Wednesday, December 31, 2008


The December issue of Reader's Digest has an article called Home Not Alone, originally published in Today's Parent. It was written by a man whose wife and himself work at home. He talks about what life is like for him, and says that he likes working at home. This article was the coolest. I work at home, and I hope to continue doing that. The Lord didn't intend to have people commuting for long periods of time everyday like they do now. It's a nice feeling, being able to follow your own schedule. The author's children were five and three when he and his wife decided to work at home. I would think it would be a little less easy for people whose children were a bit older. You would have to be sure to explain that just because you are home during the day doesn't mean you and the kids can play all day. You still have certain things you have to get done at certain times.

The December 1 issue of Maclean's has an article about Ian Tyson. It talks about his new CD and the fact he's destroyed his vocal cords. I have twelve of his records. I enjoy his music. It's kind of sad to think his vocal cords are shot.

The December 8 issue of Maclean's has an article entitled "The Economy Excuse." It talks about how people are using the economic crisis to get out of things like holiday plans. If people really don't want to do something, they should just be straight with people. It's also good that people are being more frugal in this way.

Monday, December 22, 2008


In the November 3 issue of Maclean's, there is an article about wildculture, the harvesting of foods that grow in the wild. This is neat. I haven't tried much wild food. I've had some wild game. I've had caribou chops, and I think I've had moose and seal. I used to eat wild game to celebrate Canada Day.

In the November 10 issue of Maclean's, there is an article about how indoor clotheslines are becoming more popular. People aren't just buying drying racks, there buying big, metal indoor clotheslines. This is good. It is good to dry your clothes on a clothesline. I plan to move into an apartment eventually and I want to dry my clothes on an indoor clothesline.

The November 24 issue of Maclean's was the annual university rankings issue. In the cover package they had an article written by a freshman university student (Is This Heaven?) in which he talks about how much he loves university. He cites reasons such as the lack of social pressures, the accepting nature of the students, the maturity level of the students, the fast pace of teaching, and the freedom. I quite agree. I enjoyed college. Nobody cares much about the way you act (not that there was much of that at my high school, ither), professors can teach subjects better in one semester than high school teachers can in two years, people just accept who you are and just associate with whomever they want to instead of constantly bugging others that they need to change something about themselves, and you have freedom. They don't make you go to class, if you're late you can just sneak into class without having to get a late slip and you can go to the washroom whenever you want.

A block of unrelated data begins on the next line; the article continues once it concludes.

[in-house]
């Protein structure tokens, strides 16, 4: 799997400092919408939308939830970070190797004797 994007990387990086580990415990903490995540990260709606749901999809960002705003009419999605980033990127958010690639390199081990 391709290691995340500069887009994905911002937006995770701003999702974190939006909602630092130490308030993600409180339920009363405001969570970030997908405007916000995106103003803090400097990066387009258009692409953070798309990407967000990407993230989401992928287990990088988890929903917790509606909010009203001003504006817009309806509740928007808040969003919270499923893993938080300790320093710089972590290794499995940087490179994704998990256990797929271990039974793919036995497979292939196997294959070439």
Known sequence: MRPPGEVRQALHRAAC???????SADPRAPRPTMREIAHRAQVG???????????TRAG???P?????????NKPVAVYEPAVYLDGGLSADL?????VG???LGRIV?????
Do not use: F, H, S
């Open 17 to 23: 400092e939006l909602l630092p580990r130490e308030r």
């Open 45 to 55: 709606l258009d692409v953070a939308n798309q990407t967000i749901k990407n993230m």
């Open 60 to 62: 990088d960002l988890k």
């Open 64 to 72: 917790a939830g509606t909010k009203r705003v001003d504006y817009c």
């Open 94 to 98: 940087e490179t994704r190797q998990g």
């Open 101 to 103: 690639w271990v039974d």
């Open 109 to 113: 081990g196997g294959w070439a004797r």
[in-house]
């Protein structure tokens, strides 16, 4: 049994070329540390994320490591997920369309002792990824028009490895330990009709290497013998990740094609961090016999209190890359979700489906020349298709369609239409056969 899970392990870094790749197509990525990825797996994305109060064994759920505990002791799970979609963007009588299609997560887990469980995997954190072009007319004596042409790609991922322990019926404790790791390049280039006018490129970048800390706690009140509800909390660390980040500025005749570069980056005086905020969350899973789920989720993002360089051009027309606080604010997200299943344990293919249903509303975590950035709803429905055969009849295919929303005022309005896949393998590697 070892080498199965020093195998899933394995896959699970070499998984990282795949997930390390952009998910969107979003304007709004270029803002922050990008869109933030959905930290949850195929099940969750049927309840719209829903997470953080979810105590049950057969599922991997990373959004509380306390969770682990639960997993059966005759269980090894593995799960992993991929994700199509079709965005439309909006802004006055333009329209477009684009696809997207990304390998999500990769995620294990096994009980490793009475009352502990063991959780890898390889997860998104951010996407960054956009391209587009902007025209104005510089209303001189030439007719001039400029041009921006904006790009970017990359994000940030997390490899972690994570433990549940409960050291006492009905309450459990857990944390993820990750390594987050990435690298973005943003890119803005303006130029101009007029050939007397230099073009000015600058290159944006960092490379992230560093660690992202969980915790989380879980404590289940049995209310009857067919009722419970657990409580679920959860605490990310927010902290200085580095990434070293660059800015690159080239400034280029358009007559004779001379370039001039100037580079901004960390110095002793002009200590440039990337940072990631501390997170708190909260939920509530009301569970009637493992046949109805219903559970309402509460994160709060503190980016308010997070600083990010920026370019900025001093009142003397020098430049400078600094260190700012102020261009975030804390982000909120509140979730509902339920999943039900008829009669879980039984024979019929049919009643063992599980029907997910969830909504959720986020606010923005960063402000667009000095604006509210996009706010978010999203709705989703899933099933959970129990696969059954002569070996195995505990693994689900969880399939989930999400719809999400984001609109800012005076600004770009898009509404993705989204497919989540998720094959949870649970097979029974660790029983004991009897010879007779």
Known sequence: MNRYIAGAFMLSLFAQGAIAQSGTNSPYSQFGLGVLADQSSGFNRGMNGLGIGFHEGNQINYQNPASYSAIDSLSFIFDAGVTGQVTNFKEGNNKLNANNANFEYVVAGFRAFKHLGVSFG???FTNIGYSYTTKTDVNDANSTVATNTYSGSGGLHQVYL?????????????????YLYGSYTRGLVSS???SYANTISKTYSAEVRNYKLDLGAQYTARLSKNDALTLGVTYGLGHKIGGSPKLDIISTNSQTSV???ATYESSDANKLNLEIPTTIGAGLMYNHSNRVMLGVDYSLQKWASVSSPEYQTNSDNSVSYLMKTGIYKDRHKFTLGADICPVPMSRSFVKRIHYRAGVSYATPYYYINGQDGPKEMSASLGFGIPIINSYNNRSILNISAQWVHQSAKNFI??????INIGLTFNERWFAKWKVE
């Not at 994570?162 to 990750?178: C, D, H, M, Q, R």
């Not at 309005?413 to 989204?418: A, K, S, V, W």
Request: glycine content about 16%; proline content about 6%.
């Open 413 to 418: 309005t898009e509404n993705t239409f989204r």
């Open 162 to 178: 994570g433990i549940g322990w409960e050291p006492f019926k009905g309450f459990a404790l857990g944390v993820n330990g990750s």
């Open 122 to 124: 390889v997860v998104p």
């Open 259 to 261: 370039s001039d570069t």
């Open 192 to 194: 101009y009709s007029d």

In the November issue of Chatelaine, former talk show host Gill Deacon wrote an article about alternative menstrual products, such as organic tampons, cloth pads and the menstrual cup. This is buckin cool. With all the coverage of the green movement that's been in the media over the past few years, I have not heard anything about this. I hope to see more media coverage of this in the future.

Alternative menstral products can be purchased from

Thursday, October 30, 2008


by Daniel Pinkwater. New York: Farrar, Straus and Giroux, 1998.

This book is killer.

This book is (sort of) written in the form of a college essay. Robert Nifkin is a fifteen-year old boy starting high school in Chicago in 1957. He finds school boring and generally horrible, so he starts skipping.

This book is full of humour throughout. Also, it breaks into little sections. You'll read a few chapters and think, "That seems like a good place to stop," then pick up the book another time shortly thereafter.

There are some things in this book I don't agree with, but keep following this blog and you'll learn about those.

Sunday, October 26, 2008

THE TICKET 2003-2008

Last night was the final episode of the Bbc arts and entertainment program The Ticket.

I first discovered The Ticket in the summer of 2007 via Cbc overnight. The ticket was a relief from Etalk Daily and Entertainment Tonight. Instead of being about the celebrities themselves, it would focus on the movies and albums. The show would feature a broad range of stories about a broad range of topics, from Hollywood movies to Russian art exhibits to Asian musicians to African circus performers.